Eugenia was eager to get her hands on the collection, but that was not the real reason she planned to spend her summer vacation on Frog Cove Island.
Adam Daventry's death had made the Seattle papers for two reasons. The first was that he was the last direct descendent of the Golden Daventrys, a prominent Northwest family that had made its early fortunes in timber and then moved on to amass even more cash in Pacific Rim shipping.
The second reason Daventry's death had garnered a mention was that five years earlier Adam Daventry had moved to Frog Cove Island off the Washington coast and established an art colony. The island had become a popular summer weekend destination for Seattleites, tourists, and others who liked to browse the local galleries. The annual Daventry Workshops Festival, held in June, had become a major summer event that drew large crowds.
Although Daventry had plastered his name on the art colony and the summer festival, he, himself, had always avoided the public eye. The rare photos that had been taken of him showed an elegantly lean, dark-haired, middle-aged man with smoldering eyes and Faustian features.
Eugenia had met him six months earlier when he had come to Seattle to consult with her in her professional capacity. She had quickly discovered that she had something in common with Daventry, namely an abiding passion for glass. But in spite of that, she had come away from the encounter with a one-word description of him. The word was
"I don't understand why you're so upset about this arrangement, Eugenia," Tabitha said. "It's not as if you both won't have plenty of privacy. From what the lawyer said, Glass House is quite large. Three stories and a basement. There are any number of bathrooms and bedrooms, apparently. So many, in fact, that the executors plan to sell it off to a hotel firm to be converted into an inn."
"Yes, I know, but—"
"The only thing you and Cyrus will have to share is a kitchen," Tabitha concluded.
"Don't worry," Cyrus said. "I'll bring my own food and do my own cooking, Ms. Swift."
Eugenia chose to ignore that. She pitched her voice to a soothing tone, the sort she used when she urged possessive private collectors to donate their finest pieces to the Leabrook.
"No one's going to stop you if you want to go to Frog Cove Island, Mr. Colfax. But I fail to see why you should stay at Glass House with me, even if it is big enough to be an inn."
"Because I need open, unquestioned access to the place, Ms. Swift. Among other things, I want to go through Daventry's papers and files. It's going to take time to do a thorough investigation. The easiest way to handle it is for me to stay at the house."
Eugenia drummed her fingers on the desk. "I suppose that the estate has every right to hire an investigator. And I really don't care what you investigate, Mr. Colfax. But I fail to see why you have to attach yourself to me."
"It's a perfectly logical move," Tabitha insisted.
Eugenia clenched her fingers around the pen. Tabitha was a great fan of murder mysteries. She was obviously thrilled by the prospect of aiding and abetting a real-life private detective.
"I've got a job to do on Frog Cove Island," Eugenia said steadily. "I'm going to inventory Daventry's collection. Make arrangements to have it all crated and shipped back to Seattle. I don't have time to play Nancy Drew."
"You don't have to assist in the investigation," Tabitha assured her. "That's Mr. Colfax's job. But he needs a cover in order to do his work."
"Why on earth can't he just be up-front about what he's doing?" Eugenia retorted. "Why can't he tell people he's looking into Daventry's death?"
"I just told you, I'm supposed to be discreet," Cyrus said. "Besides, the island community is a small one and very insular. It's not likely that any of the locals would talk freely to a private investigator if they knew who he was and what he was doing."
"I'm sure Mr. Colfax won't get in your way," Tabitha said with an encouraging smile.
Eugenia eyed Cyrus with brooding dismay. He most definitely would get in her way. She could tell that much just by looking at him. One could not simply ignore a man like this. The shirt alone made it impossible.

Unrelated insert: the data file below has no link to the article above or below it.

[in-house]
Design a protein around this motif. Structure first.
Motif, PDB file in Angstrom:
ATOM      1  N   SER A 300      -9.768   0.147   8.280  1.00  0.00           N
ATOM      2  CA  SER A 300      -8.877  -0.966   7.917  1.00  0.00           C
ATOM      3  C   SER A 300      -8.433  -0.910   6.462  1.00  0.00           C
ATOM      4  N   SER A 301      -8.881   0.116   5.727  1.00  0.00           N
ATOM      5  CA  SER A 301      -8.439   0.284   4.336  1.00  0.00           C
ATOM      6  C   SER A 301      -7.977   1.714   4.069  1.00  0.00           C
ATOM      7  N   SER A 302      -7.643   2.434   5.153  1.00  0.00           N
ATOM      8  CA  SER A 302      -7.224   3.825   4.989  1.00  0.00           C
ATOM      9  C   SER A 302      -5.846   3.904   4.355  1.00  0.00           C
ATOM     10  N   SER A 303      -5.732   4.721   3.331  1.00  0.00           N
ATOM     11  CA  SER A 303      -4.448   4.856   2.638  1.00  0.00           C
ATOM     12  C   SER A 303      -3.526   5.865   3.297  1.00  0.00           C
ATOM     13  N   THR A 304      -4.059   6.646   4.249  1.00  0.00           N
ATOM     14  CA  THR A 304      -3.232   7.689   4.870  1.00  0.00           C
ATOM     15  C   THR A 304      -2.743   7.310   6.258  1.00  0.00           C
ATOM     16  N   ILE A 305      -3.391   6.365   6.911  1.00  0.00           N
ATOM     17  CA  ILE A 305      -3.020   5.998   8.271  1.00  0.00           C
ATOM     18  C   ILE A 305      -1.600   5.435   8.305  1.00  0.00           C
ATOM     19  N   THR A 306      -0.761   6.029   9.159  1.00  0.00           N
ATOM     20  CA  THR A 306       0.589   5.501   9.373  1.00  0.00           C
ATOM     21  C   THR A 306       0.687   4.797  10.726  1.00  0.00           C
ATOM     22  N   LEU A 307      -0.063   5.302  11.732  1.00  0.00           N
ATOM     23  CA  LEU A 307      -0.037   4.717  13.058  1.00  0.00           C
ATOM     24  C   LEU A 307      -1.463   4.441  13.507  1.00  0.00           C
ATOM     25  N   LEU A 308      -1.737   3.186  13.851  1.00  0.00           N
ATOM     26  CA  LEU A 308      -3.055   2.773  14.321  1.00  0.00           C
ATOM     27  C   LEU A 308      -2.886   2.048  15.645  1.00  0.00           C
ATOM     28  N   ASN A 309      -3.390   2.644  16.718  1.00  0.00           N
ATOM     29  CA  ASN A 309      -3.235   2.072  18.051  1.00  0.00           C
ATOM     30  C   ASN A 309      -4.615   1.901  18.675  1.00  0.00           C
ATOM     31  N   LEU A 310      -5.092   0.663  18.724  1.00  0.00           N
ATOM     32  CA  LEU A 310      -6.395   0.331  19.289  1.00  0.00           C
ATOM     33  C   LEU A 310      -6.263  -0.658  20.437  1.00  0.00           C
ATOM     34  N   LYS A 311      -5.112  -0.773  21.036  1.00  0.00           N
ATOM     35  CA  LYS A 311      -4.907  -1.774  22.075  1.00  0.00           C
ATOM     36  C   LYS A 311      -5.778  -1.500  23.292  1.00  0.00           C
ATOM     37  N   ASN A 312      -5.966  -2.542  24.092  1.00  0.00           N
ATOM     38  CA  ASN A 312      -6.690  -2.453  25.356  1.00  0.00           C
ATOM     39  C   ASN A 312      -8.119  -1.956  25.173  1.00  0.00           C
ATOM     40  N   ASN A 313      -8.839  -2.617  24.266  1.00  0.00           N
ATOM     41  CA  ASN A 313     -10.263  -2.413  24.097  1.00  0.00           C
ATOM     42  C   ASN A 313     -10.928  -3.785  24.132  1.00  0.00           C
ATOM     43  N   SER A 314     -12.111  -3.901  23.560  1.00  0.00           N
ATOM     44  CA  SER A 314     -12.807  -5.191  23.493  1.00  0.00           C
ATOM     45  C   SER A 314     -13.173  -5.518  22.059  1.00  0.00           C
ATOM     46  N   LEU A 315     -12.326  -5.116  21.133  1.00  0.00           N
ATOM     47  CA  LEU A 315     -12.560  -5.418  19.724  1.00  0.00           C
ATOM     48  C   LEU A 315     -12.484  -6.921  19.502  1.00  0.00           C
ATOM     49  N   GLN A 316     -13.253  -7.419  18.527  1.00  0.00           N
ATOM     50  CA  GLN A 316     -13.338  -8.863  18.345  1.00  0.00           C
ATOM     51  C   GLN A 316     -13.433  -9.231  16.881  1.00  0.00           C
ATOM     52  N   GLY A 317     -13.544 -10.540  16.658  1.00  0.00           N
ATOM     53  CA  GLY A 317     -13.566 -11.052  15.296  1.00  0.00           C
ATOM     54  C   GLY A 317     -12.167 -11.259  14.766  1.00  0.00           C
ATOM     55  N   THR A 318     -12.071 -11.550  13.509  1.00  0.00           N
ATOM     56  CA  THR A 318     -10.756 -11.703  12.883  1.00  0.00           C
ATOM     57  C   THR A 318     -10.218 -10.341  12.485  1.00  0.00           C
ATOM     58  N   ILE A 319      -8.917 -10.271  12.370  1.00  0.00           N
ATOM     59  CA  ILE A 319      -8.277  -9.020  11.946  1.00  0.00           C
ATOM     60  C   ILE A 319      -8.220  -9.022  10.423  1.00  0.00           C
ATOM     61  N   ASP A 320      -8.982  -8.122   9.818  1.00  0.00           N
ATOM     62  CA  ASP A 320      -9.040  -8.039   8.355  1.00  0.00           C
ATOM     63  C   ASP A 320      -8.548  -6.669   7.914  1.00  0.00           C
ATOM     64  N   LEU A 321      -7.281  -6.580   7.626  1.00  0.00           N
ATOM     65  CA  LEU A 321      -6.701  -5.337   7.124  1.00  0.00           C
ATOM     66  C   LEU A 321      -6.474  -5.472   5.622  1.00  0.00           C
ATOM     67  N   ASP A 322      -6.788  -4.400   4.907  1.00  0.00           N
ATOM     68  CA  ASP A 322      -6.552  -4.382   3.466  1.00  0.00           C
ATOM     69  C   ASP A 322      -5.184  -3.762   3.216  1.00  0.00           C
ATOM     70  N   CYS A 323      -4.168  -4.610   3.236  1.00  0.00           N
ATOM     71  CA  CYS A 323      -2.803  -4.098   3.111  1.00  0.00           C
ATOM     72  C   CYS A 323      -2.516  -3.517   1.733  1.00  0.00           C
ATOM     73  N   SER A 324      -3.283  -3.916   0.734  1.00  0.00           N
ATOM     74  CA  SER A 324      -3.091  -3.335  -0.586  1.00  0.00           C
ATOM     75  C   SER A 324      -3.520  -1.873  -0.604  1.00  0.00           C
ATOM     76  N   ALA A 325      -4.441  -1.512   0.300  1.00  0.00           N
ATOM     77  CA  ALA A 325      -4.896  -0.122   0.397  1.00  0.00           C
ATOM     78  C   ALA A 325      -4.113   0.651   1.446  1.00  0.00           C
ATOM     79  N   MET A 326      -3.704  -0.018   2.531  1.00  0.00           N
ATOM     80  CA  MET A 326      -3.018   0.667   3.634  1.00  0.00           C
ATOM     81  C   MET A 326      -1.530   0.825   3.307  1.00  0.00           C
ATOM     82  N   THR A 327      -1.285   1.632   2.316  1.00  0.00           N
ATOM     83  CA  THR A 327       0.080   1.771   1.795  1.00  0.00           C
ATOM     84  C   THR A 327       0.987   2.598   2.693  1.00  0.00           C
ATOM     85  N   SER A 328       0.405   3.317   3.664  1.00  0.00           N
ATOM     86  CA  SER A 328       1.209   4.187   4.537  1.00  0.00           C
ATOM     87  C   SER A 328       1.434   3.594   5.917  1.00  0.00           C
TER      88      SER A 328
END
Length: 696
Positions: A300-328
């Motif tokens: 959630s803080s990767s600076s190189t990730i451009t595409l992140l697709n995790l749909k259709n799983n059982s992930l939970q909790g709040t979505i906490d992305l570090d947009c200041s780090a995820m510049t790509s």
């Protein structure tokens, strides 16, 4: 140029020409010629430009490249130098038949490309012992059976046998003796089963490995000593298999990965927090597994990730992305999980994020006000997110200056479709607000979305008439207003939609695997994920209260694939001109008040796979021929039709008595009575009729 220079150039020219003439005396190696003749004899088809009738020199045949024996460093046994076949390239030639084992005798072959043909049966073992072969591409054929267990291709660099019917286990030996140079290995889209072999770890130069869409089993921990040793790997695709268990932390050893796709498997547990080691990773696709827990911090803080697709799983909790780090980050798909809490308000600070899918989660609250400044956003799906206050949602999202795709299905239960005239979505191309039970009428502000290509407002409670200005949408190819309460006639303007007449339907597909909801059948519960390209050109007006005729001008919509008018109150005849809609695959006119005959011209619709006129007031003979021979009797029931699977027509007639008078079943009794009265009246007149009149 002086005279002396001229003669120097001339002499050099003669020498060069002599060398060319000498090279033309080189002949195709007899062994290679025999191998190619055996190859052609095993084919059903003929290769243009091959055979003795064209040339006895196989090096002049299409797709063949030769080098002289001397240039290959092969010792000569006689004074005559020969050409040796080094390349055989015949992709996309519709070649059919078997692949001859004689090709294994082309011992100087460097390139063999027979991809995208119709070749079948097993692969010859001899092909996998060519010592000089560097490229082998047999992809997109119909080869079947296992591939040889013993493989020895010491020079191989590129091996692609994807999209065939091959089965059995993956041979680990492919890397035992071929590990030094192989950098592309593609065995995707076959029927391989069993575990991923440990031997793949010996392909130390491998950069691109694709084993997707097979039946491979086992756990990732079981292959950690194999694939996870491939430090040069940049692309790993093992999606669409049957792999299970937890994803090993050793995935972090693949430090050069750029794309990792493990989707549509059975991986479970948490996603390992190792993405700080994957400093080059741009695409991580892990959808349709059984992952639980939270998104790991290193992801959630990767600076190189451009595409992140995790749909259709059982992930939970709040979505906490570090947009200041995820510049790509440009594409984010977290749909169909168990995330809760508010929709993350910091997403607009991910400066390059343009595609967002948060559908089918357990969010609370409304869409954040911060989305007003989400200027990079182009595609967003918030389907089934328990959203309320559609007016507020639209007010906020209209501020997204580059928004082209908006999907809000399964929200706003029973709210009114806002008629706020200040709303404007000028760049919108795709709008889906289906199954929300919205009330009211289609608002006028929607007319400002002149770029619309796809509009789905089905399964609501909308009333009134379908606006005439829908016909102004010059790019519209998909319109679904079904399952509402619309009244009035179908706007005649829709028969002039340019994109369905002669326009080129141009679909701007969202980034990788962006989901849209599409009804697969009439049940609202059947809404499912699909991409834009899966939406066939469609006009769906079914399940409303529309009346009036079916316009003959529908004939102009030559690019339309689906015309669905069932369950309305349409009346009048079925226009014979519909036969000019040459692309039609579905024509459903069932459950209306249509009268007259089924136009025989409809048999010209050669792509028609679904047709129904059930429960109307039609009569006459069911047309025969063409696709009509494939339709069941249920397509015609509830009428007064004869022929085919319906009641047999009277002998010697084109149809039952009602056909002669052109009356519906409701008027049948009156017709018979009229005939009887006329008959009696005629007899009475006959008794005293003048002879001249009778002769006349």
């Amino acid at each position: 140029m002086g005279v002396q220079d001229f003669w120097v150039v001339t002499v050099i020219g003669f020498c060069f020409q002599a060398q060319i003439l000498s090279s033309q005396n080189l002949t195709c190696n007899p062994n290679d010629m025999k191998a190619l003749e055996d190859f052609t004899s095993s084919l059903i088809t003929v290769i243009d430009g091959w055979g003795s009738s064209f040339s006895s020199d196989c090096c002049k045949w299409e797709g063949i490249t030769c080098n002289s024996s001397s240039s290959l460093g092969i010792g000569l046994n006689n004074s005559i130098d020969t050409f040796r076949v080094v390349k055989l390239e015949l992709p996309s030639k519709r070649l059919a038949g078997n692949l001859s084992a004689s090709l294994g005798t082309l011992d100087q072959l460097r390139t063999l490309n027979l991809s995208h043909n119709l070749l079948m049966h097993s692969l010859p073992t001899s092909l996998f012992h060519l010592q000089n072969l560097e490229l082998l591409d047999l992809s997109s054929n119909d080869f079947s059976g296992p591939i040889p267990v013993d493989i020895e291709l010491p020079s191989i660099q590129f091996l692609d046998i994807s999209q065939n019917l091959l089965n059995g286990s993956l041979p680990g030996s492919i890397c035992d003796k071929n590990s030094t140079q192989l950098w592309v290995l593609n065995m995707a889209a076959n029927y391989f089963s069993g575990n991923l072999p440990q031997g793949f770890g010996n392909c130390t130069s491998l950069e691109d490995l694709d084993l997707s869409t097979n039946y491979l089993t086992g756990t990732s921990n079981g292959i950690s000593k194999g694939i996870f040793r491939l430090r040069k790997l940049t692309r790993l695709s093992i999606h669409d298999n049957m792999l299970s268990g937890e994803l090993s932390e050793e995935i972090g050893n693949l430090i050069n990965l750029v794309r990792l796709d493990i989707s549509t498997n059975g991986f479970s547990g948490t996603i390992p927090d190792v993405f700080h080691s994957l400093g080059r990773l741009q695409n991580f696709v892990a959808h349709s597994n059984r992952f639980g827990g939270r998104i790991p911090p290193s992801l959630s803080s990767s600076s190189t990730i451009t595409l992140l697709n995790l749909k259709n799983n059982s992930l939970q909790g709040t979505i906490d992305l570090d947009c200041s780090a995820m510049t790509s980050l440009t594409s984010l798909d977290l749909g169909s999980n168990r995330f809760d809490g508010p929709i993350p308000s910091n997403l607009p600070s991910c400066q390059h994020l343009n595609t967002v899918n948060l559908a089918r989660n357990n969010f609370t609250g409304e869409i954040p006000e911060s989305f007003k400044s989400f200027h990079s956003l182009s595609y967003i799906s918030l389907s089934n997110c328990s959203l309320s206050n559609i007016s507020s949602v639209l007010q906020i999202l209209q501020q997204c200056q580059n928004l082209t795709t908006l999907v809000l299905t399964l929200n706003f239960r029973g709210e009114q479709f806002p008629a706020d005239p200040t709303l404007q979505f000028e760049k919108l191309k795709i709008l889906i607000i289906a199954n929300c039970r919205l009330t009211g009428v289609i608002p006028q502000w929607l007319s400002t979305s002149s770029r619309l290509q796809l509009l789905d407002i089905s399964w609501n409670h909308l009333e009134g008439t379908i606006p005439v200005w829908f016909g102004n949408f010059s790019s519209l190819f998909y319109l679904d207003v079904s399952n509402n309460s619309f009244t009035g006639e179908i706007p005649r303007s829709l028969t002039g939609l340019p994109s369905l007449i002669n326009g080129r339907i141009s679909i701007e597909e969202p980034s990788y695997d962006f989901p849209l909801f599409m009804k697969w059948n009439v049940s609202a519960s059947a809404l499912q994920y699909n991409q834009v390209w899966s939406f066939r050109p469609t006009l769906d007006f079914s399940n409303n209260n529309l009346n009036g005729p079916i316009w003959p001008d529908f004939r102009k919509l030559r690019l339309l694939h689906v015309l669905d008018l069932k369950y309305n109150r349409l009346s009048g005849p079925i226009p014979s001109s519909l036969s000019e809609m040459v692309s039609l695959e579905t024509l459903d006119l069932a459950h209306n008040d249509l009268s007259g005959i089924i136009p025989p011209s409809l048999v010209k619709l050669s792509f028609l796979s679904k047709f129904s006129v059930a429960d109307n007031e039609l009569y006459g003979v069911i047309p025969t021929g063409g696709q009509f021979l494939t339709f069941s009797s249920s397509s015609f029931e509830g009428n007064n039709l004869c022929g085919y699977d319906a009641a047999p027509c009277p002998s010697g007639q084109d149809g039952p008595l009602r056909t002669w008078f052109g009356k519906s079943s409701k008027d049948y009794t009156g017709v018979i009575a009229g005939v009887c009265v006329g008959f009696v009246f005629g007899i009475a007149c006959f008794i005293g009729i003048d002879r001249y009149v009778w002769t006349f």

In the normal course of events, his presence would not have constituted a serious problem for her. An irritation, perhaps, but not a major problem. As Tabitha had pointed out, Glass House was reputed to be quite large. But the business she intended to pursue on Daventry Island did not come under the heading of normal.
She had her own agenda at Glass House, and that agenda had nothing to do with inventorying the Daventry glass collection.
Twenty-four hours after Adam Daventry had fallen to his death, his lover, Nellie Grant, had drowned in a boating accident. Her body had never been recovered.
The official verdict was that she had been washed overboard into the icy waters of Puget Sound. There had been some speculation that, despondent over her lover's death, she had committed suicide.
Eugenia did not believe that Nellie had taken her own life, and she knew her friend had been experienced with small boats.
The problem was that she could not come up with any other logical explanations for Nellie's death at sea. She only knew she would not be able to sleep well until she got some answers.
She was, after all, the one who had introduced Nellie to Adam Daventry. Any way she looked at it, Eugenia knew that if Nellie had never met Daventry and gone to Frog Cove Island, she would probably still be alive.
"Mr. Colfax can go to the island as a tourist," she suggested in what she hoped was a calm, reasonable tone. "He can browse through the art galleries or hang out in the local taverns. Isn't that the way a
professional investigator would go about worming information out of people?"
Colfax did not even wince at the thinly veiled insult, she noticed. But Tabitha's surgically tight jaw became even tighter.
"Mr. Colfax is a very real professional investigator," she said. "He has his own firm, Colfax Security, with two offices on the West Coast, including one in Portland."
"We're planning to expand to Seattle this year," Cyrus said easily.
"Is that so?" Eugenia narrowed her eyes. "Tell me, why does the Daventry estate suspect foul play in Adam Daventry's death?"
"It's not a matter of suspicion," Cyrus said. "It's more a case of what the executors feel was an inadequate investigation by the local authorities. They just want a second opinion, that's all. And they want it done quietly."
"But what possible motive could there have been?" Eugenia demanded.
"Haven't got a clue," Cyrus said.
Eugenia made herself count to ten. "I hesitate to ask, but do you perhaps have any suspects?"
She sighed. "You've asked the Leabrook to provide cover for you, Mr. Colfax. Just exactly how do you expect us to do that? What sort of excuse am I supposed to use in order to explain why I'm spending my summer vacation with you at Glass House?"